DIY Shouldn’t be Dangerous: How to Find Safer Paint Strippers

paint stripper, paint remover

Do-it-yourselfers buy and use a wide array of chemical products and accompanying safety equipment for their home projects. But many weekend warriors don’t know that a particular class of paint strippers containing two toxic chemicals: methylene chloride and NMP, pose major dangers even while using your typical safety equipment. Luckily, these toxic chemicals may soon be banned from the shelves of your local hardware store. Until then, consumers should aim to avoid paint removers containing methylene chloride and NMP.

A clear and present danger

paint strippers, paint removers

Last year, the U.S. Environmental Protection Agency (EPA) proposed to ban paint removers that contain methylene chloride and n-methyl pyrrolidone (NMP), citing the dangers they pose to DIY consumers. In 2017 alone, at least three Americans were killed from using methylene chloride-based paint strippers.  The most recent fatality was 31-year-old Joshua Atkins from Pittsburgh, who was stripping the paint off his BMX bike. His mom came home from work and found him dead in their home. And this wasn’t an isolated incident.  Methylene chloride exposure has been linked to more than 60 deaths nationwide since 1980. The chemicals can also cause cancer, harm to the nervous system and childhood development, and even death. NMP, which can be substituted for methylene chloride in paint removers, impacts fetal development and can cause miscarriage and stillbirth.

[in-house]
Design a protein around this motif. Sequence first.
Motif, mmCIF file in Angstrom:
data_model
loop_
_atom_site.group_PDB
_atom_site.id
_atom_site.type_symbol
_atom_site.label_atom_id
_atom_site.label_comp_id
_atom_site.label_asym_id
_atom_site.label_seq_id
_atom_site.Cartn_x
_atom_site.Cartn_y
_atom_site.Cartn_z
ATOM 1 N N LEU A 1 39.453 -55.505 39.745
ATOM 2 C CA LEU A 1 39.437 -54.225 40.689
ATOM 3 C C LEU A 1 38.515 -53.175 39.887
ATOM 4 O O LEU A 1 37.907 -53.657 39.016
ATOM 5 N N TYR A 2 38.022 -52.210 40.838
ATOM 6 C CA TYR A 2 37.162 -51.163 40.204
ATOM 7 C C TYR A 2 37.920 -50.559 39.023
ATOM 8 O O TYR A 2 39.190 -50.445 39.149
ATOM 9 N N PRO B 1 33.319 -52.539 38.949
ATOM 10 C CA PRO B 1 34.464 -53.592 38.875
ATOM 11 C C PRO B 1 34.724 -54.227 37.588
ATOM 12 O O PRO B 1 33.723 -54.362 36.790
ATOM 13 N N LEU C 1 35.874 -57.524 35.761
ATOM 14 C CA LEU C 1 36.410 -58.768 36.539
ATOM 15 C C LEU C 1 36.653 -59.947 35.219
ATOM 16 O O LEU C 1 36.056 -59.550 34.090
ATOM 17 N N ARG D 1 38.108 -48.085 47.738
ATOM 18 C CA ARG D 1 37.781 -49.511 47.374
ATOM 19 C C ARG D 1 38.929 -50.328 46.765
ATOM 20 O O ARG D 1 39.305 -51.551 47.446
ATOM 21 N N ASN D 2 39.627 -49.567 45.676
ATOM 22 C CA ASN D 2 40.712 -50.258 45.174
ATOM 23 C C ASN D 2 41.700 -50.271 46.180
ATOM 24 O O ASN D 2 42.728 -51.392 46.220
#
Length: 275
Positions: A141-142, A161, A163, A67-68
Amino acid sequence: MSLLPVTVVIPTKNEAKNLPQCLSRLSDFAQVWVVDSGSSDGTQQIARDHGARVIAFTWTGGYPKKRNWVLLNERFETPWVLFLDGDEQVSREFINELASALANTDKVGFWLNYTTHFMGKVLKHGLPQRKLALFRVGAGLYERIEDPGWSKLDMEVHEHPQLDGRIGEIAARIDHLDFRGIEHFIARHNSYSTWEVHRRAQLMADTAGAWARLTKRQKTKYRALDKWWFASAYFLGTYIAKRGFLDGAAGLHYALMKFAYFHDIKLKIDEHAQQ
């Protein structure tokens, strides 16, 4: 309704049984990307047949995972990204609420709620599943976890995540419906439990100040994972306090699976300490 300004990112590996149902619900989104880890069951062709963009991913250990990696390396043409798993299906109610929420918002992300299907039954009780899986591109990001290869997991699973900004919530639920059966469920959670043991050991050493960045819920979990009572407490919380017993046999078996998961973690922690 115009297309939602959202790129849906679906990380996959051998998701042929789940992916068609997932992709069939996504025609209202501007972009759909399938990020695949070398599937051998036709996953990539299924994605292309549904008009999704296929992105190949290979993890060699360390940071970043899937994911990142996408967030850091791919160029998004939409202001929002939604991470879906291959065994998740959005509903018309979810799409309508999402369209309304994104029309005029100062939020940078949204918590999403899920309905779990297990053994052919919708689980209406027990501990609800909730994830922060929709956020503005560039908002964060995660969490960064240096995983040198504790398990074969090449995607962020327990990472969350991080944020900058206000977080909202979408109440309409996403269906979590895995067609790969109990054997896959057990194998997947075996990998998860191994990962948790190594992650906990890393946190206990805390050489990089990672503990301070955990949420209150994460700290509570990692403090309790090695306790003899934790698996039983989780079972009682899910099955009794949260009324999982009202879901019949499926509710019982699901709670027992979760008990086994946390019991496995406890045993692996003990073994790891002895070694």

But despite these clear risks, the EPA shelved its proposed ban last year, deferring to the wishes of big chemical corporations.

Thankfully, in response to federal inaction and a national consumer campaign, big retailers have stepped up to protect consumers and workers: Walmart, Lowe’s, The Home Depot, Sherwin-Williams, AutoZone, Kelly-Moore Paints and others have publicly committed to stop selling all paint strippers containing these deadly chemicals over the next few months. Others like Ace Hardware should follow suit.

Safety gear sold at retail stores may not protect you

paint strippers

Many people assume they just need to buy a mask at the local hardware store to protect themselves from paint strippers. Unfortunately, EPA analysis revealed that commonly sold respiratory protection is not enough to protect users from exposure to dangerous levels of methylene chloride. Most retailers don’t even sell the proper safety gear, which is essentially a full body suit with a gas mask attached to an oxygen tank.  Methylene chloride vapor is heavier than air, so it concentrates low to the ground, right around the level where people stripping surfaces are breathing. Inhaling the chemical can kill within minutes.  In evaluating whether to ban methylene chloride, the EPA considered whether they could mandate safety measures, and concluded they would not be sufficient to protect consumers or workers.

Money Pit hosts Tom Kraeutler and Leslie Segrete interview Mike Shade of Safer Chemicals, Healthy Families about the dangers of paint strippers containing two toxic chemicals.

Safer alternatives are readily available